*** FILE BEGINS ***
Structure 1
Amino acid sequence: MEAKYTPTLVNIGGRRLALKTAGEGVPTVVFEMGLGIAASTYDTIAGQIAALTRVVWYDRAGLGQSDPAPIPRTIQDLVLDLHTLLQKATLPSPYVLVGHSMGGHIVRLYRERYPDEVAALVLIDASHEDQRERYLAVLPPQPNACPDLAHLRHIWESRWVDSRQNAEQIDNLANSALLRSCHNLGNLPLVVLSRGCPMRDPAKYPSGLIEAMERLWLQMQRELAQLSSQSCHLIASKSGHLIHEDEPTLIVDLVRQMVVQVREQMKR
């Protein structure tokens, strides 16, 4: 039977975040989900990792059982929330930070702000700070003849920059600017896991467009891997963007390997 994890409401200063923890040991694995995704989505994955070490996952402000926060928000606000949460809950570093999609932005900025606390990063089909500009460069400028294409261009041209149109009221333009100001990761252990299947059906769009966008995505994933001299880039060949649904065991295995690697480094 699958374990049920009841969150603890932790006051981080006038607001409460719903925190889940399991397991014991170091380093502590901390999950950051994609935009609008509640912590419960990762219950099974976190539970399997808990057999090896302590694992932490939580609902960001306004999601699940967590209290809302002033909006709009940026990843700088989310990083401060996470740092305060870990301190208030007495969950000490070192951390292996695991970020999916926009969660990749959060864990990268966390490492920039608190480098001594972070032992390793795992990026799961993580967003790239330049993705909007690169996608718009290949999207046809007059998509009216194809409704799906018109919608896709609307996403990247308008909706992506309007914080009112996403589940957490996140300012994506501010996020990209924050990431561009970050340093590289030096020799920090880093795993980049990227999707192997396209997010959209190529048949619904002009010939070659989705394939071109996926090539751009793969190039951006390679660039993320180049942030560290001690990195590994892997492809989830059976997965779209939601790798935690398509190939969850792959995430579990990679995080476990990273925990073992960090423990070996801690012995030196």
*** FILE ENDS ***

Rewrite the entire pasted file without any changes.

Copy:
Structure 1
Amino acid sequence: MEAKYTPTLVNIGGRRLALKTAGEGVPTVVFEMGLGIAASTYDTIAGQIAALTRVVWYDRAGLGQSDPAPIPRTIQDLVLDLHTLLQKATLPSPYVLVGHSMGGHIVRLYRERYPDEVAALVLIDASHEDQRERYLAVLPPQPNACPDLAHLRHIWESRWVDSRQNAEQIDNLANSALLRSCHNLGNLPLVVLSRGCPMRDPAKYPSGLIEAMERLWLQMQRELAQLSSQSCHLIASKSGHLIHEDEPTLIVDLVRQMVVQVREQMKR
């Protein structure tokens, strides 16, 4: 039977975040989900990792059982929330930070702000700070003849920059600017896991467009891997963007390997 994890409401200063923890040991694995995704989505994955070490996952402000926060928000606000949460809950570093999609932005900025606390990063089909500009460069400028294409261009041209149109009221333009100001990761252990299947059906769009966008995505994933001299880039060949649904065991295995690697480094 699958374990049920009841969150603890932790006051981080006038607001409460719903925190889940399991397991014991170091380093502590901390999950950051994609935009609008509640912590419960990762219950099974976190539970399997808990057999090896302590694992932490939580609902960001306004999601699940967590209290809302002033909006709009940026990843700088989310990083401060996470740092305060870990301190208030007495969950000490070192951390292996695991970020999916926009969660990749959060864990990268966390490492920039608190480098001594972070032992390793795992990026799961993580967003790239330049993705909007690169996608718009290949999207046809007059998509009216194809409704799906018109919608896709609307996403990247308008909706992506309007914080009112996403589940957490996140300012994506501010996020990209924050990431561009970050340093590289030096020799920090880093795993980049990227999707192997396209997010959209190529048949619904002009010939070659989705394939071109996926090539751009793969190039951006390679660039993320180049942030560290001690990195590994892997492809989830059976997965779209939601790798935690398509190939969850792959995430579990990679995080476990990273925990073992960090423990070996801690012995030196």